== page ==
Government keen to continue with Asthana as Director, CBI
Although IPS officers up to the 1982 batch are eligible to be appointed as Director, CBI, Government appears determined to continue with Rakesh Asthana as officiating Director for as long as possible
No meeting took place today of the three-member committee comprising the Prime Minister, Chief Justice of India and Leader of the largest Opposition party in the Lok Sabha to finalise the appointment of Director, Central Bureau of Investigation (CBI).
National Herald had earlier reported that Mallikarjun Kharge, leader of the Congress Parliamentary Committee in the Lok Sabha, had not received any information from the Government about the meeting which had supposedly been convened on December 26.
Today’s development has reinforced the perception that the Government is in no hurry to appoint a full-time, permanent Director of CBI, although the process to fill up the vacancy caused by the retirement of Anil Kumar Sinha on December 2 had begun way back in July.
The Government instead seems determined to continue with Rakesh Asthana, a Gujarat cadre IPS officer of the 1984 batch, for as long as possible. This despite the fact that he is not eligible to become the Director, CBI since IPS officers senior to him and belonging to any of the four batches of 1979, 1980, 1981 and 1982 are eligible for appointment.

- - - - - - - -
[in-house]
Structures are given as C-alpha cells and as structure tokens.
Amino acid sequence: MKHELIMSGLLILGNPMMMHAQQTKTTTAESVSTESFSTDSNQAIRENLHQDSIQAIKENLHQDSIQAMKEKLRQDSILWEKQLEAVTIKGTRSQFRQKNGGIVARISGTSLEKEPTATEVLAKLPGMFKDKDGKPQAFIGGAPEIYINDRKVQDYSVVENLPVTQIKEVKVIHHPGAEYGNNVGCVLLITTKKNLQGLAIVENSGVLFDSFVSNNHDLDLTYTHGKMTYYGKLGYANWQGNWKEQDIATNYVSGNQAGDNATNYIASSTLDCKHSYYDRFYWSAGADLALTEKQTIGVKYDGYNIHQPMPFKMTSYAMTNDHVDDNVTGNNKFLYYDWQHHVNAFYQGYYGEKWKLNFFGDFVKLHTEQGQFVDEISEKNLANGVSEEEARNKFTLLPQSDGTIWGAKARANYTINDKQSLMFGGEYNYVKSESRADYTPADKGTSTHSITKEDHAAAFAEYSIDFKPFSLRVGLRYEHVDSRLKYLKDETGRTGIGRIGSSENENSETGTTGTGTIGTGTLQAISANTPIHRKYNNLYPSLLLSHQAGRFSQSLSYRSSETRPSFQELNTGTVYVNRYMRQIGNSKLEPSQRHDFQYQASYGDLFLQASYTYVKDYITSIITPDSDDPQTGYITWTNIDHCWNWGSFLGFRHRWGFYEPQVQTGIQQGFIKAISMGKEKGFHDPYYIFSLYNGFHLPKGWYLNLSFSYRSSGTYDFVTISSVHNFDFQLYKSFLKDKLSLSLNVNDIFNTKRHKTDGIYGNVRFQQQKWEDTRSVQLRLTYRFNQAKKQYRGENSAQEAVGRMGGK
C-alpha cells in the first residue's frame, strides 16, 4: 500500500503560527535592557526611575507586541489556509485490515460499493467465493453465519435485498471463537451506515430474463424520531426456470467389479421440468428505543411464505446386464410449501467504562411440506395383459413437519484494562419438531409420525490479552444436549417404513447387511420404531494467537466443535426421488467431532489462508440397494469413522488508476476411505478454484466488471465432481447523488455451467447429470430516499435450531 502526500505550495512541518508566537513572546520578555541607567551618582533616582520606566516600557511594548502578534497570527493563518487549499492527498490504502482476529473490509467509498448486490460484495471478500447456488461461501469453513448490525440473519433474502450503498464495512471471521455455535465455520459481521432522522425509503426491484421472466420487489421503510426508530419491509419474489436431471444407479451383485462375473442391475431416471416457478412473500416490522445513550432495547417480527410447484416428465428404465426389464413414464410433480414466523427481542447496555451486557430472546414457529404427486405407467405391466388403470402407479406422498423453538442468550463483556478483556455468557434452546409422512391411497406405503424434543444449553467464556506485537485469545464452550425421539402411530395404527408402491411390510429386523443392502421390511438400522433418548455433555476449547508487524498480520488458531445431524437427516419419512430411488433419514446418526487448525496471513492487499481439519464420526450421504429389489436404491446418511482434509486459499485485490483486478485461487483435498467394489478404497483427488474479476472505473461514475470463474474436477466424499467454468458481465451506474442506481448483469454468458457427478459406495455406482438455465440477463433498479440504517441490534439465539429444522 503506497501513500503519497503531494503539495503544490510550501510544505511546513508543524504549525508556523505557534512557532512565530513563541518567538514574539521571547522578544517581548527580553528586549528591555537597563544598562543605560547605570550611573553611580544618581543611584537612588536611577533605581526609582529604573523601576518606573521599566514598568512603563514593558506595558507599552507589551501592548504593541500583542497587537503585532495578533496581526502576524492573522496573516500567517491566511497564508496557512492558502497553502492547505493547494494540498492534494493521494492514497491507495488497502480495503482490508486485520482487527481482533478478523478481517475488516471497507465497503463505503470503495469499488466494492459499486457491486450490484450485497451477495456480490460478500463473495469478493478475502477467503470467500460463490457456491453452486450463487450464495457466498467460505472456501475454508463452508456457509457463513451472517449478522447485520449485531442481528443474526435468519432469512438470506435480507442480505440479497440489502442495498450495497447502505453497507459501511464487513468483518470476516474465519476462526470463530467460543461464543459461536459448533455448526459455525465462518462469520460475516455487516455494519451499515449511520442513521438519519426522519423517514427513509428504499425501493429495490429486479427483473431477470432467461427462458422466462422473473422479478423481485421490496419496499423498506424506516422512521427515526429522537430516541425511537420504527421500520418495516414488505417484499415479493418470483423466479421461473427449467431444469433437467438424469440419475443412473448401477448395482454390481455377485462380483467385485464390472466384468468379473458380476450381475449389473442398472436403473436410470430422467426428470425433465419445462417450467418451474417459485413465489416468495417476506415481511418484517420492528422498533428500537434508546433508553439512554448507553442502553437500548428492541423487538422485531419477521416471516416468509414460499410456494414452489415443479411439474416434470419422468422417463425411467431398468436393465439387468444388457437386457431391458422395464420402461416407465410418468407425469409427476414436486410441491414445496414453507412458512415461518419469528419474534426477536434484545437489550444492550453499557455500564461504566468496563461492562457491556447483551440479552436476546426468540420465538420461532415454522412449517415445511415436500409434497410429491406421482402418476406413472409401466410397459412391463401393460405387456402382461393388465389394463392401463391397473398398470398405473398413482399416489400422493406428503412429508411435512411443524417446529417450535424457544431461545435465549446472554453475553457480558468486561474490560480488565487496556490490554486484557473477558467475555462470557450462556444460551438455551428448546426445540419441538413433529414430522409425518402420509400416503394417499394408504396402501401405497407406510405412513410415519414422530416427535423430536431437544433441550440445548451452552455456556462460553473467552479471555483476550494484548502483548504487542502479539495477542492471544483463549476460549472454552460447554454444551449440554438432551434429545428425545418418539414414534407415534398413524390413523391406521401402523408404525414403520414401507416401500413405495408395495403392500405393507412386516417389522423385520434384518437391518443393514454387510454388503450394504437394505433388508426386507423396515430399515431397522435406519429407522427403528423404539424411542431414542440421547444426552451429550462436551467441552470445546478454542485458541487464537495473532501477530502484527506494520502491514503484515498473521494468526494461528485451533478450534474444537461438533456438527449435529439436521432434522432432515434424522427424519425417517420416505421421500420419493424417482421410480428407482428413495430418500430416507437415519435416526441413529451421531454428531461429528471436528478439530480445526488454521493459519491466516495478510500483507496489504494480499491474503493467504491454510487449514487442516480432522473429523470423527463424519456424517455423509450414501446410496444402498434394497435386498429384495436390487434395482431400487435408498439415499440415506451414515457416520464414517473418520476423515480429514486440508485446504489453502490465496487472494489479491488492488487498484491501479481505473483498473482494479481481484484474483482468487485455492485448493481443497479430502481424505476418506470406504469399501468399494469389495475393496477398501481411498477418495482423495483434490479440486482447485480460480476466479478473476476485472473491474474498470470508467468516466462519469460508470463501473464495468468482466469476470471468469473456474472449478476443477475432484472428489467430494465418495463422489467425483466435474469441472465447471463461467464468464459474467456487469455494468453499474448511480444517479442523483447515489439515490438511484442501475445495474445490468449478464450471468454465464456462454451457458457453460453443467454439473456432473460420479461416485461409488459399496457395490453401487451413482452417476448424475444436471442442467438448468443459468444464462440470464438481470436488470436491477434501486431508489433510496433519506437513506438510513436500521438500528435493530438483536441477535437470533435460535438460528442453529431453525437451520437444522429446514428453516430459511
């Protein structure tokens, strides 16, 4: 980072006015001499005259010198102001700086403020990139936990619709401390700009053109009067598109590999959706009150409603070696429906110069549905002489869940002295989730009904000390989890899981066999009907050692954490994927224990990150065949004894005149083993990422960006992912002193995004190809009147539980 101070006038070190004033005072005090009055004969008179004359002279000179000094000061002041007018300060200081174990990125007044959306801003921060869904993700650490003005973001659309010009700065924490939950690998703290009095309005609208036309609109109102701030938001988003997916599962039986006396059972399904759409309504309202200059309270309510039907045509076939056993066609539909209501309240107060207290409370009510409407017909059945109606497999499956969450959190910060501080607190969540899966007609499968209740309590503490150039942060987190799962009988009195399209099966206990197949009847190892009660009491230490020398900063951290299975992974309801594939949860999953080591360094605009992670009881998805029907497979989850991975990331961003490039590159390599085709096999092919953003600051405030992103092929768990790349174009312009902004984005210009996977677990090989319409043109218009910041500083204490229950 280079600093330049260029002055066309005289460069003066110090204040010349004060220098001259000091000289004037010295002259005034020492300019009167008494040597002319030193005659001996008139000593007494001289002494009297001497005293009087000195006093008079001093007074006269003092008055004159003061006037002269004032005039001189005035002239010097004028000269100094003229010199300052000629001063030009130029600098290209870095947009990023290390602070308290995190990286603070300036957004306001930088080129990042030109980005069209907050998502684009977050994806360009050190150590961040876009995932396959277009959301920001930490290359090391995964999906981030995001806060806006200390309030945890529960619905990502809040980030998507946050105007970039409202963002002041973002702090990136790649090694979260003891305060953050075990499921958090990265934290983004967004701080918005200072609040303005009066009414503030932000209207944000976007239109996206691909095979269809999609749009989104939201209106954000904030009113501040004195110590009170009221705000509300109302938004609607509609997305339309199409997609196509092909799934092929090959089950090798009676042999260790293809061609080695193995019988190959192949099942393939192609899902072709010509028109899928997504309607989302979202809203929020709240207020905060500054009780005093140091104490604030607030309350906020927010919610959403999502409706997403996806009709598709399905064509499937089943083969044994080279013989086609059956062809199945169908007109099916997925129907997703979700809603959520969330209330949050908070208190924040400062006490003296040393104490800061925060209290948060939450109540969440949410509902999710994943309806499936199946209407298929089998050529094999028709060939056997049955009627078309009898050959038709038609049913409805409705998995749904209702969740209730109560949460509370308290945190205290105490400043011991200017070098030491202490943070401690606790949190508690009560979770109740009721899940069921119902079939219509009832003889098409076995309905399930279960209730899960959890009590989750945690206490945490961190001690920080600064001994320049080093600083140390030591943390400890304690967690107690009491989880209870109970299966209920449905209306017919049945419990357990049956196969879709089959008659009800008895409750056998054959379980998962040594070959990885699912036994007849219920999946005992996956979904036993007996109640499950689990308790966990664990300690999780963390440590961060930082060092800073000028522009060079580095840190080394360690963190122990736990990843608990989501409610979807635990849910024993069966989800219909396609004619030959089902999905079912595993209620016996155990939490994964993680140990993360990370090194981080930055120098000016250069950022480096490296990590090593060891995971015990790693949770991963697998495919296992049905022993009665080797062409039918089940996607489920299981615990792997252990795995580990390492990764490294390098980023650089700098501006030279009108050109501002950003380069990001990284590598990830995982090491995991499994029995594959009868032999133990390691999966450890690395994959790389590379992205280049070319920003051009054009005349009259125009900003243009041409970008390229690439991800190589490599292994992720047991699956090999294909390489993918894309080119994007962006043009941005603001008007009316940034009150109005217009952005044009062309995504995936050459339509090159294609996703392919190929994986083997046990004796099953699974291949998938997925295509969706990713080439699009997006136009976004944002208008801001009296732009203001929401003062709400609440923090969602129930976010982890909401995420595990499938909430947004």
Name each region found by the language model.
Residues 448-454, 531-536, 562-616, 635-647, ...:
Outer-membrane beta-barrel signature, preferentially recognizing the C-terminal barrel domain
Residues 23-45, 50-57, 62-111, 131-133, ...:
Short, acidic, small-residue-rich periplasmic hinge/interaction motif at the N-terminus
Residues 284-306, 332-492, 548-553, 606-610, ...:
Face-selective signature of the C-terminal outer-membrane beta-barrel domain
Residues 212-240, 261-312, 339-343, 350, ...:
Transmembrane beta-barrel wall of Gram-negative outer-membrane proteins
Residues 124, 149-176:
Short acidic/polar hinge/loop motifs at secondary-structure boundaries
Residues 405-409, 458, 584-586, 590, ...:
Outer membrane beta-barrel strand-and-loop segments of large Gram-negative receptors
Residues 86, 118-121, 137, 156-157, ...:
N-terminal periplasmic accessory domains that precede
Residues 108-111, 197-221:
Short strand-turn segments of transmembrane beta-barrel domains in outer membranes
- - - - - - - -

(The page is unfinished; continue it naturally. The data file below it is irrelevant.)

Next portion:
The Government instead seems determined to continue with Rakesh Asthana, a Gujarat cadre IPS officer of the 1984 batch, for as long as possible. This despite the fact that he is not eligible to become the Director, CBI since IPS officers senior to him and belonging to any of the four batches of 1979, 1980, 1981 and 1982 are eligible for appointment
The ‘natural successor’ to the outgoing CBI chief, Special Director Rupak Dutta was shifted to the Home ministry as Special Secretary (Internal security) just two days before Sinha’s retirement. Jitendra Singh, Union Minister of State at PMO, in a letter addressed to Kharge justified the transfer by saying that Dutta’s experience and expertise were required to handle ‘complex issues’ in the ministry.
Long time observers of CBI point out that it is highly unlikely for ‘complex issues’ to have arisen suddenly just ahead of the vacancy. Dutta’s transfer, they believe, was to ensure that the 1981 batch officer of the Karnataka cadre, who had spent 15 years in the CBI, did not become Director.
It remains to be seen how the Supreme Court, which had directed the Government against transferring officials involved in the investigation of the 2G and the coal blocks allocation scam, reacts to Dutta’s transfer.